By the last year of the Bush presidency, growing numbers of former administration insiders had abandoned the government with the conviction that in waging the war against terrorism, America had lost its way. Many had fought valiantly to right what they saw as a dangerously wrong turn. With Bush, Cheney and Addington still firmly in power, it was hard to declare their efforts a success. Still, with change in the air, there was a sense that history might be on their side. . . .
Alberto Mora left the administration as a pariah in the eyes of some Pentagon colleagues but was given the John F. Kennedy Foundation's Profiles in Courage Award for speaking out. Most of the FBI agents who opposed "enhanced" interrogations techniques retired and joined private security firms, taking vast amounts of wisdom about Islamic terrorism with them.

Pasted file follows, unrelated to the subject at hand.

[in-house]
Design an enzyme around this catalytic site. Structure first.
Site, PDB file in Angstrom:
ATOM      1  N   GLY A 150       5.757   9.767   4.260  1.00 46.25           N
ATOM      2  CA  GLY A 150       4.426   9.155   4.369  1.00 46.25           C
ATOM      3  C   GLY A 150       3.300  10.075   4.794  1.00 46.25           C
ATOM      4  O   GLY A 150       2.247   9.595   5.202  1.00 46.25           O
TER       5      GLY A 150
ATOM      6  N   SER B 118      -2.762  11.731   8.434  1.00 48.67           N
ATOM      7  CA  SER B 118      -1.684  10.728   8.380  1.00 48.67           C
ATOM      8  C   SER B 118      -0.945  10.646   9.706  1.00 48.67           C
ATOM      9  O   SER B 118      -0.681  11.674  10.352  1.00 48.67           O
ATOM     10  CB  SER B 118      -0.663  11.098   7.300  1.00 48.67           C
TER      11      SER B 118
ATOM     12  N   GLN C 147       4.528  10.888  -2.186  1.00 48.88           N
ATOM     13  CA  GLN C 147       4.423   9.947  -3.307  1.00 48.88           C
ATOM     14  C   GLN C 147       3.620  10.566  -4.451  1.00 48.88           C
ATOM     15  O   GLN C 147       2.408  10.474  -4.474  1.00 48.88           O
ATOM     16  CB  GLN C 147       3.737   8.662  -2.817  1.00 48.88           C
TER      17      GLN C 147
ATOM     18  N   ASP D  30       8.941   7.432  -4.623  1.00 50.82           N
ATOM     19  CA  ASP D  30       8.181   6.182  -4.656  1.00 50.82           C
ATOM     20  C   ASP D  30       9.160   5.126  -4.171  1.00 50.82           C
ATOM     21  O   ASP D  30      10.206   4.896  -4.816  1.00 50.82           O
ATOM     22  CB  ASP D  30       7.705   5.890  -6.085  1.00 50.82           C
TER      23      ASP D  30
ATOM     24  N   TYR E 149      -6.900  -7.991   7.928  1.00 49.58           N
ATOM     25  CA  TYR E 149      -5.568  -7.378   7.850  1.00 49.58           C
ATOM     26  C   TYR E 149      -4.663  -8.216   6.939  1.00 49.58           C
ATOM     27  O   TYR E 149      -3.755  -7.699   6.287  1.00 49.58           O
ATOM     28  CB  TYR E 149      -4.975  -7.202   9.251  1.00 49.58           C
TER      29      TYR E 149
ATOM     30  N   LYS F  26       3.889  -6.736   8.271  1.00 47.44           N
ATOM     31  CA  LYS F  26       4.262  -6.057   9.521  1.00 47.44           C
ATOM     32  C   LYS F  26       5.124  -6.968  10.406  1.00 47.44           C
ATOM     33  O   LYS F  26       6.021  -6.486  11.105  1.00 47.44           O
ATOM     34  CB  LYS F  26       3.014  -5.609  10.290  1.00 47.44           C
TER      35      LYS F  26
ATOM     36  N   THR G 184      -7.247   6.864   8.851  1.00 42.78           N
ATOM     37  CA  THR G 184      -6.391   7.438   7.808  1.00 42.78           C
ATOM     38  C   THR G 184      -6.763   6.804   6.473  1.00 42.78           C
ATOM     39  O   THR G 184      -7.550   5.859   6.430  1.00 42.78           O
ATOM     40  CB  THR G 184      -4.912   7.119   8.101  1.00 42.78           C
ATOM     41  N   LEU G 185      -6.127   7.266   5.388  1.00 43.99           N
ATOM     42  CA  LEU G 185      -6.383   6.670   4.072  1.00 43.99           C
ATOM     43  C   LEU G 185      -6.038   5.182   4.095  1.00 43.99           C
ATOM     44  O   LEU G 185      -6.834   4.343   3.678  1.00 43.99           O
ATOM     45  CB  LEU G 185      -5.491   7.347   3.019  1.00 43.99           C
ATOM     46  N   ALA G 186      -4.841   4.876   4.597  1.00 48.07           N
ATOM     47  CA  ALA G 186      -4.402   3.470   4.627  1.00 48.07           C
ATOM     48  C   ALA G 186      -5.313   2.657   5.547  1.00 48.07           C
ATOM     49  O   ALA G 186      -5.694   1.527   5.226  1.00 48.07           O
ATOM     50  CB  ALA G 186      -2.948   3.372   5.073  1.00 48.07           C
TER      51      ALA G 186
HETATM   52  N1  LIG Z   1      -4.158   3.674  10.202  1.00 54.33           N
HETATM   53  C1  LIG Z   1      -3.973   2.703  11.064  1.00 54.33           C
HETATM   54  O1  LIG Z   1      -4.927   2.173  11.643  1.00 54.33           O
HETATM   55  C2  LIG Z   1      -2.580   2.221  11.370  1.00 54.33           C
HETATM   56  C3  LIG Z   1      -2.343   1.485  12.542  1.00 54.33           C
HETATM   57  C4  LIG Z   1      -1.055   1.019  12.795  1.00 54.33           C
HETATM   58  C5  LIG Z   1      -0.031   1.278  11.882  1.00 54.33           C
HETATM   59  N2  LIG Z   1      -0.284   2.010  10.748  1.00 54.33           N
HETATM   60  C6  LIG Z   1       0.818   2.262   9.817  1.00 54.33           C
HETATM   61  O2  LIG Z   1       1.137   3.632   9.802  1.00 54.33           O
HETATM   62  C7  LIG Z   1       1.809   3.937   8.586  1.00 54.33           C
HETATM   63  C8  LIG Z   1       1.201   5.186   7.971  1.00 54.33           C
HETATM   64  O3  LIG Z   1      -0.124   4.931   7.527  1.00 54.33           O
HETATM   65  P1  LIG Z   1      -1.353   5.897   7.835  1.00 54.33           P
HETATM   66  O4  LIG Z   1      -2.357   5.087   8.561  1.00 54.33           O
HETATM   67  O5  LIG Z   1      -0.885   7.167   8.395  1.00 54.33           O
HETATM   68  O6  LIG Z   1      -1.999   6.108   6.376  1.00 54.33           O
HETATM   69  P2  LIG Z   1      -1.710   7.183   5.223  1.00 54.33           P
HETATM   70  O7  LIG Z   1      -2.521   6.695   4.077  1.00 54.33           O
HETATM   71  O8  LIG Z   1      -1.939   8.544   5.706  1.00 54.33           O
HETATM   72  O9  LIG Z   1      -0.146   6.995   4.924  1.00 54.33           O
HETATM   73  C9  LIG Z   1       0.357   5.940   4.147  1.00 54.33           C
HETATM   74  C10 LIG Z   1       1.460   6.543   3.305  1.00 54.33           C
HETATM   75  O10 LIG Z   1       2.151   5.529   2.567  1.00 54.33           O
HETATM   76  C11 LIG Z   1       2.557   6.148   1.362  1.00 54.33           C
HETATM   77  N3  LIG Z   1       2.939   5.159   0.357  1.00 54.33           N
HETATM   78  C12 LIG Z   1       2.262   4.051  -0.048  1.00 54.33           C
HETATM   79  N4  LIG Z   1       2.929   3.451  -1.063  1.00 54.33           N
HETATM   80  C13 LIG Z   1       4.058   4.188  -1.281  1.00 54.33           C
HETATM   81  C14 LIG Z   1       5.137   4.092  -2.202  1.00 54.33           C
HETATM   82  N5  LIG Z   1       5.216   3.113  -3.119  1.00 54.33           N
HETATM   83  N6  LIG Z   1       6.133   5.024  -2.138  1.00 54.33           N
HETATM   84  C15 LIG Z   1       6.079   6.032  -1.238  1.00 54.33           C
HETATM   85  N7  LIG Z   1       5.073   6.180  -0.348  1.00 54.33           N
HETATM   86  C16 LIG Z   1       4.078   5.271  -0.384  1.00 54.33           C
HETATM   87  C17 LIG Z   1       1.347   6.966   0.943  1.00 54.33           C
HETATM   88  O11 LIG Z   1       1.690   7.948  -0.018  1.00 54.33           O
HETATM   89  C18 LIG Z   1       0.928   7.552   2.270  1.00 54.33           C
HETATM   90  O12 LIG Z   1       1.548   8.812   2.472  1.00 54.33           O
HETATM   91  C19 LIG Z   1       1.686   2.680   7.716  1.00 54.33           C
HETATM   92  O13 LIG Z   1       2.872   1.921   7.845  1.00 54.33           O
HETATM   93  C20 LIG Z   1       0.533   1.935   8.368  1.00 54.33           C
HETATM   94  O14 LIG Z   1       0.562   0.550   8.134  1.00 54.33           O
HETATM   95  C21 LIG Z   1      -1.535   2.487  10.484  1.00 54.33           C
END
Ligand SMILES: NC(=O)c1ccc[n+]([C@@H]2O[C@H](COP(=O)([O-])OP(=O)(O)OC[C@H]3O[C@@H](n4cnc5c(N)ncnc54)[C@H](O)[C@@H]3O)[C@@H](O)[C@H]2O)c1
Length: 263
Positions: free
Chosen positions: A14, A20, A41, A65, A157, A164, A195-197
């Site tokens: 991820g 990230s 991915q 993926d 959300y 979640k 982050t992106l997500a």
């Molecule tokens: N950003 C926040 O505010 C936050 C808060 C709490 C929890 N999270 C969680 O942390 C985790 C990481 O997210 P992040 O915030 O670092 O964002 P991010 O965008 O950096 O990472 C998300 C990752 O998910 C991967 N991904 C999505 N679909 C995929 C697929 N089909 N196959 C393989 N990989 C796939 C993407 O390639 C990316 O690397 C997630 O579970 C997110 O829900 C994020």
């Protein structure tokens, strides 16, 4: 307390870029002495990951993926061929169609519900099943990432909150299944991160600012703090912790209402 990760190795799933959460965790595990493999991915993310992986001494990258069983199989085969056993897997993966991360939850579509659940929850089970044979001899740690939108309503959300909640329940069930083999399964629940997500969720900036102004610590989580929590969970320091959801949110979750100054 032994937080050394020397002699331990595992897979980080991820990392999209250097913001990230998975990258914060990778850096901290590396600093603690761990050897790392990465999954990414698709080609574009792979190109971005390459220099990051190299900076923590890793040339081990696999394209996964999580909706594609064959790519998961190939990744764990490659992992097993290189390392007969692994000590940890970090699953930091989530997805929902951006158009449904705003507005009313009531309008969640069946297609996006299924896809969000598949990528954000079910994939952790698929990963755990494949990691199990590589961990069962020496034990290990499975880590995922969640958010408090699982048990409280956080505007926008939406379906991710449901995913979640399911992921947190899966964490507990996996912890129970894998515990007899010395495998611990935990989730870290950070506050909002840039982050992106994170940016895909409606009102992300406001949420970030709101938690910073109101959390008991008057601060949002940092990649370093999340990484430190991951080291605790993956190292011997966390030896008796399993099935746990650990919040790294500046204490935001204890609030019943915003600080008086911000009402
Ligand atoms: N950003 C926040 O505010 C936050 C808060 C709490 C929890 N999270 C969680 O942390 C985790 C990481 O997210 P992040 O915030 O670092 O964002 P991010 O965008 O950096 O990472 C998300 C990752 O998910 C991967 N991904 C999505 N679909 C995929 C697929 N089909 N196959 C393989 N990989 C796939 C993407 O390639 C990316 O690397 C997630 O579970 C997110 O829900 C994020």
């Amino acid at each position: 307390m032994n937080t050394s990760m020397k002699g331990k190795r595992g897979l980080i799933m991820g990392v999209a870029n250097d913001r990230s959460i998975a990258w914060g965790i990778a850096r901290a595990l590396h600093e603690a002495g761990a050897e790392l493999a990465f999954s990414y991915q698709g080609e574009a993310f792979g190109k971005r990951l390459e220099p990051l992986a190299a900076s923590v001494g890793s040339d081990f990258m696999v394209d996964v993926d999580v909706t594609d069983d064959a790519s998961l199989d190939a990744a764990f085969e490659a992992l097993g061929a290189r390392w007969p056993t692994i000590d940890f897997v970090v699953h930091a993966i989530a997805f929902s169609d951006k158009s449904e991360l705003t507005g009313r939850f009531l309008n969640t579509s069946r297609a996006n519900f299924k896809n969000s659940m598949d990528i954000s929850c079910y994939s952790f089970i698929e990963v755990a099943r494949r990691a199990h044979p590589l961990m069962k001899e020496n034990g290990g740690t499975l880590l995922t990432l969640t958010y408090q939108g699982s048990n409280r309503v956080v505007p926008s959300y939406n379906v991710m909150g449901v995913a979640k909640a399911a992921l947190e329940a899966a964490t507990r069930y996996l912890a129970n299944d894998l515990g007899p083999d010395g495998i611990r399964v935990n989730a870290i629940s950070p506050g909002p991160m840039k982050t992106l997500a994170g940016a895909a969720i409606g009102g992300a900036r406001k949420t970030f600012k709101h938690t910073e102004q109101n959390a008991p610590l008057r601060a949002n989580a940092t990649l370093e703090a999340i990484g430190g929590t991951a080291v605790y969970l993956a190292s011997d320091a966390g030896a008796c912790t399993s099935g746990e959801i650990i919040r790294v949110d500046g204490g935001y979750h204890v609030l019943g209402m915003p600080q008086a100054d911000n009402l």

In Charlottesville, Virginia, Phillip Zelikow, who returned to teaching history at the University of Virginia, tried to take stock. In time, he predicted, the Bush Administration's descent into torture would be seen as akin to Roosevelt's internment of Japanese Americans during World War II. It happened, he believed, in much the same way, for many of the same reasons. As he put it, "Fear and anxiety were exploited by zealots and fools."
Copyright 2008 by Jane Mayer. All Rights Reserved